The Excitement is growing…

If you’ve never entered a gardening competition before, the thought of it can feel quite intimidating, but Wight in Bloom is free and easy to enter, and great fun too. You don’t have to own a stately home, a 100 acre wood or even a garden! There are 11 different categories, and one of them is bound to be right for you.

Rest assured, the backbone of Wight in Bloom is the amateur gardener who showcases their work in small front gardens, window boxes and hanging baskets, or enters the competition to have their vegetable plots or water features judged. There’s even a category for younger people, as well as the more established community display categories.

Entering the competition is easy. All you have to do is decide which category you’re going for and then complete the entry form. You can do that online, or pick up a form from one of the Island’s garden centres, or print one out yourself, fill it in and post it off. There’s no charge to enter the competition, but you absolutely must put your entry form in before the 30th of June so that judging can take place in July.

The judges are looking for clever ideas, good use of colour and form, an imaginative mix of planting as well as the more obvious wow factor elements. But once again, big is not always best. If you have a passion for gardening, but just two hanging baskets and a window box, you’re likely to have just as much chance of being a winner as the owner of a 12 acre estate with an army of gardeners.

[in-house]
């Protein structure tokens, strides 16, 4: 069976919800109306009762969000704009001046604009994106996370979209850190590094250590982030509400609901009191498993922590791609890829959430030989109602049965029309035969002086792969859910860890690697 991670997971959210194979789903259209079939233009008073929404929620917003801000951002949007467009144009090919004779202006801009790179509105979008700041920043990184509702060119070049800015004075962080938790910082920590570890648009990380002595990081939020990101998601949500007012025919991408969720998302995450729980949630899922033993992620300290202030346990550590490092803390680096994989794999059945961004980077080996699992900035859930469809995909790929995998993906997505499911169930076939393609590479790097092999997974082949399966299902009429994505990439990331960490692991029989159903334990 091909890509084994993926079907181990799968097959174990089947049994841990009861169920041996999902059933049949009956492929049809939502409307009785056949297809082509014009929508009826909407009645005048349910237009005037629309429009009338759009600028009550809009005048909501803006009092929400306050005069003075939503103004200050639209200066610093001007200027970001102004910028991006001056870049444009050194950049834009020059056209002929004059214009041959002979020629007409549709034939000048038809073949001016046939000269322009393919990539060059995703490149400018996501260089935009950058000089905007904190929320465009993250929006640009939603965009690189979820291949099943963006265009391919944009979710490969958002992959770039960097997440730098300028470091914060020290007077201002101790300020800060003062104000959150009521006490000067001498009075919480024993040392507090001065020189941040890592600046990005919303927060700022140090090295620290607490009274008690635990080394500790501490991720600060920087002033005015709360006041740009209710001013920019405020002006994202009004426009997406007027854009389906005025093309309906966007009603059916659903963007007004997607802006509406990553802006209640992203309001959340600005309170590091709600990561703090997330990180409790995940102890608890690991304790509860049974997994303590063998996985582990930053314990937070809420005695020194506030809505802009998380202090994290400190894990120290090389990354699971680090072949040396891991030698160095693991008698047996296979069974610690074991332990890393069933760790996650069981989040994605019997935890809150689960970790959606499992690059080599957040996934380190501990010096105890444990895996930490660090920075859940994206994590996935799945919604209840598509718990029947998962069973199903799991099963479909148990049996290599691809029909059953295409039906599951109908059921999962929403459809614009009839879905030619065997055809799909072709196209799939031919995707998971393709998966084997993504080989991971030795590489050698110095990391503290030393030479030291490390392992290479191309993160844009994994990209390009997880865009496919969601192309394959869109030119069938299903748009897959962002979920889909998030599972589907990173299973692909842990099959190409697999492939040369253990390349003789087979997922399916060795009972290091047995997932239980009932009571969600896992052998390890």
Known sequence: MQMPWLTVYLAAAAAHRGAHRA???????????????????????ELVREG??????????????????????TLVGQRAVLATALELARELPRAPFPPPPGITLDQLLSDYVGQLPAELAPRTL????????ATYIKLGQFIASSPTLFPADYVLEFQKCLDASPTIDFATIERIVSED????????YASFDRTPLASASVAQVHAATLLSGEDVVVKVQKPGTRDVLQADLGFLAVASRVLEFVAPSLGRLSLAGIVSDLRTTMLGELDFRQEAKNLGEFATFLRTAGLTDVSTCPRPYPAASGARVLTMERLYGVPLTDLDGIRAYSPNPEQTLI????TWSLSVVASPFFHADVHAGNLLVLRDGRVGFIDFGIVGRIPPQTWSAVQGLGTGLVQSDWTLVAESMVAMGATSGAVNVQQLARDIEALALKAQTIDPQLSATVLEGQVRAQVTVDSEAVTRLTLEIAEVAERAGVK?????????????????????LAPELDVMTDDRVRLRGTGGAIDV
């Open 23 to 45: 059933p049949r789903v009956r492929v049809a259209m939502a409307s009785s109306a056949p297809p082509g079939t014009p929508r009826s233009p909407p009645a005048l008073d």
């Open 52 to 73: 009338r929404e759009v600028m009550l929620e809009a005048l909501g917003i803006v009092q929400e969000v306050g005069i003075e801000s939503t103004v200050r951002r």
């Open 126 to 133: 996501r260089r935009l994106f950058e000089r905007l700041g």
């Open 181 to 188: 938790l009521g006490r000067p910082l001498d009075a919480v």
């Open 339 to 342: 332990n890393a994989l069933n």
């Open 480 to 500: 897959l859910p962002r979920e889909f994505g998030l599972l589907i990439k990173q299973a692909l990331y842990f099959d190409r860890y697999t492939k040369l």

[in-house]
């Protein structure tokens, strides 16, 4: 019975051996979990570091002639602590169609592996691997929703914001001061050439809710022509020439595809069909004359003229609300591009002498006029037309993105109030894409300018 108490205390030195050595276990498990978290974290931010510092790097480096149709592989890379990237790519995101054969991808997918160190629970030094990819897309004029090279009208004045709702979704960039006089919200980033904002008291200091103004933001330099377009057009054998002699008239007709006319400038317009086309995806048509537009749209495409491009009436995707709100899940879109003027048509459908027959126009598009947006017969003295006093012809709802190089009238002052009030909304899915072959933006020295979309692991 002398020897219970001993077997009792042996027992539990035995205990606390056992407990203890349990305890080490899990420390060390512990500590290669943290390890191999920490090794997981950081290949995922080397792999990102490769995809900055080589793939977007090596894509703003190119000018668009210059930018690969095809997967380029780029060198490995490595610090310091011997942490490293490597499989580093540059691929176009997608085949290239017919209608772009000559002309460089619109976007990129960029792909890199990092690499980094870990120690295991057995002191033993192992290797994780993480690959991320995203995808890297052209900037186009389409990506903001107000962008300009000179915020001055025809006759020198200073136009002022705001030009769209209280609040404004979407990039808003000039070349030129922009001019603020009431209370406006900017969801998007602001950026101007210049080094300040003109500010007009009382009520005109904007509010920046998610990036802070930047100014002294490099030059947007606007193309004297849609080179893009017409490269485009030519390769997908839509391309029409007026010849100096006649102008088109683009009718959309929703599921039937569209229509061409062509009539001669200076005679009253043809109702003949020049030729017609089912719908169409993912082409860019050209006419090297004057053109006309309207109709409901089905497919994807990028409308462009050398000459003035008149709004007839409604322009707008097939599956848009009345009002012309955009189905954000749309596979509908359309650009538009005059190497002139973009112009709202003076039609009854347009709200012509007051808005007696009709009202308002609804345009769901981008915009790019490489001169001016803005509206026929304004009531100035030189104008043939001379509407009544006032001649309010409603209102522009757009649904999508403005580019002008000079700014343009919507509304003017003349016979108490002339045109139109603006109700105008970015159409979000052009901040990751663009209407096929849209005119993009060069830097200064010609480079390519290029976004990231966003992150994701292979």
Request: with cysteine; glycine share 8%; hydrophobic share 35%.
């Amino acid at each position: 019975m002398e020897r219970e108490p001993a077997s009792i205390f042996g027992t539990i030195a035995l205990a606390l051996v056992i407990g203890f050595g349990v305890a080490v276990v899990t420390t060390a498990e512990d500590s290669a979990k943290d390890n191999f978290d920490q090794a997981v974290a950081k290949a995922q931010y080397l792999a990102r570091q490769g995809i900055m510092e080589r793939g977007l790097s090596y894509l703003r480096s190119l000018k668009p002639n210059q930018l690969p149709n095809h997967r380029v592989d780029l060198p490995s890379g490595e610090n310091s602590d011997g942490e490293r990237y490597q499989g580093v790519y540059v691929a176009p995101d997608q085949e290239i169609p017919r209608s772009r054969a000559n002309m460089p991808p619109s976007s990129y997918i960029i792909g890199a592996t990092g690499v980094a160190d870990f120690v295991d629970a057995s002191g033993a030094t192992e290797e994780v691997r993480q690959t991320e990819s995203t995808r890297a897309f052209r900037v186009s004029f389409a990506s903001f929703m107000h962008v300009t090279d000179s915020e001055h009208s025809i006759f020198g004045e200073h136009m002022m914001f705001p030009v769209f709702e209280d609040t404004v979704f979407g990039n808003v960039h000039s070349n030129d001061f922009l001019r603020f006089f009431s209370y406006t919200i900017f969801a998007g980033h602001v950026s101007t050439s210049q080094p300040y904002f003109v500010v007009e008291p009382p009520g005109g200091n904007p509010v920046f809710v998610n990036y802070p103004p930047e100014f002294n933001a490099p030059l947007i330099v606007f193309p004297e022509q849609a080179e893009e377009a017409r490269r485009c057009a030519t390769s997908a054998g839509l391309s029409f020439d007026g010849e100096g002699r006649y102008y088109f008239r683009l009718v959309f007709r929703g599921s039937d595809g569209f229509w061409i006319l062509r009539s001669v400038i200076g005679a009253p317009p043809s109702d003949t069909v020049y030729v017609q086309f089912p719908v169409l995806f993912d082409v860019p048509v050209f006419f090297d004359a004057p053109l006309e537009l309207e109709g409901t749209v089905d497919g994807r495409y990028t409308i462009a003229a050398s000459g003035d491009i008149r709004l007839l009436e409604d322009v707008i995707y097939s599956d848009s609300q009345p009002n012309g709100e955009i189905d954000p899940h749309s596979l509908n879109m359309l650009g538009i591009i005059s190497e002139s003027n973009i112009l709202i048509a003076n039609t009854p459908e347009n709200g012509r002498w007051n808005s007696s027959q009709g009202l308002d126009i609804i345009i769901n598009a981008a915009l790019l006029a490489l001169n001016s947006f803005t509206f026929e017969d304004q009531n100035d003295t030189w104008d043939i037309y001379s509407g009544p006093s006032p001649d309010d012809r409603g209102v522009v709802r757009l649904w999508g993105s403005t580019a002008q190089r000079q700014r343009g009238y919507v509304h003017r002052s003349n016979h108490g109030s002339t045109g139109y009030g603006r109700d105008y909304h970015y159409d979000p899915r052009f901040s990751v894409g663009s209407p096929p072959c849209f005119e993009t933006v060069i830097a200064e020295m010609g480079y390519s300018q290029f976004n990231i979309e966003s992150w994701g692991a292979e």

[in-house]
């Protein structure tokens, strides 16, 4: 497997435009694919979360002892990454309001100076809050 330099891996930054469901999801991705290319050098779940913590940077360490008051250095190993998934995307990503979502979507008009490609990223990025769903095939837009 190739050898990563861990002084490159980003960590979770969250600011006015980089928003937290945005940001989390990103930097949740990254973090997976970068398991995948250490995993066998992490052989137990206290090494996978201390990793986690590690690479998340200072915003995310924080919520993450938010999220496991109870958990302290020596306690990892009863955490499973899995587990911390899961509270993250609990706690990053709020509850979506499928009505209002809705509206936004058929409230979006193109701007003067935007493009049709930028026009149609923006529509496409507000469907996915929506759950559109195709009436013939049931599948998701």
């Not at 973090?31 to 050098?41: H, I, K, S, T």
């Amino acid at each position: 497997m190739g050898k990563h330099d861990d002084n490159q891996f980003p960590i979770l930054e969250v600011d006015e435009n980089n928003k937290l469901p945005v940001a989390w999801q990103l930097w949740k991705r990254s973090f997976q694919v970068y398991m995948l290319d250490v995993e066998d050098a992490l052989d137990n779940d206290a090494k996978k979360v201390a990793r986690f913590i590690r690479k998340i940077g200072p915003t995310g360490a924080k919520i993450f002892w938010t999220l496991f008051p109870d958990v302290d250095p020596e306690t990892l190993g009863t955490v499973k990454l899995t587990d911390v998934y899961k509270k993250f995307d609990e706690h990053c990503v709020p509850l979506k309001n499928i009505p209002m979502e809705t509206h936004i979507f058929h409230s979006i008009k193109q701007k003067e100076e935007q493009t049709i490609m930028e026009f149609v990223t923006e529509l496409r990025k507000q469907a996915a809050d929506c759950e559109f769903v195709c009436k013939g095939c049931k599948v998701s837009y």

Judging takes place in July, usually by “mystery visit” without you knowing the actual day you’ll be judged. Most categories require your garden to be free to view and visible without having to step onto your property, although there are exceptions and these are explained on the entry forms. Once the judging has taken place you’ll receive a postcard to confirm judging has happened and you can then relax!

During August a short list of finalists is agreed, and those gardeners are notified and invited to attend the Awards ceremony, which happens in September. For the last three years our Wight in Bloom patron, TV gardener Alan Titchmarsh has attended the event and handed over the awards himself. As well as winning the all important Wight in Bloom certificate, there are a number of small prizes given out, including ferry tickets and goody bags from Liz Earle. The County Press newspaper publishes the list of winners and takes photos at the event.

It’s worth knowing that there are usually around 120 or so entries a year, so the odds of being selected as one of the finalists is really quite high, especially if you’ve taken an imaginative approach with your green fingers.

If you’re already entering a local bloom competition (like Bembridge in Bloom for instance) there is nothing to stop you from entering Wight in Bloom as well. It also doesn’t matter if you use an army of professional gardeners or it’s just you, the judges take that kind of thing into account when they come to consider who the worthy winners should be.

So, if you’ve never entered, why not have a go this year? Most of all, Wight in Bloom is here to encourage as many people as possible to get out into the garden and do a little to help brighten up the island for us all to enjoy. It’s nice to receive some recognition for your hard work, so fill out an entry form today and you really could be a winner.

Photo: Daily Express: Dazzling displays with contrasting colours: Alan Titchmarsh on bright garden containers >

 

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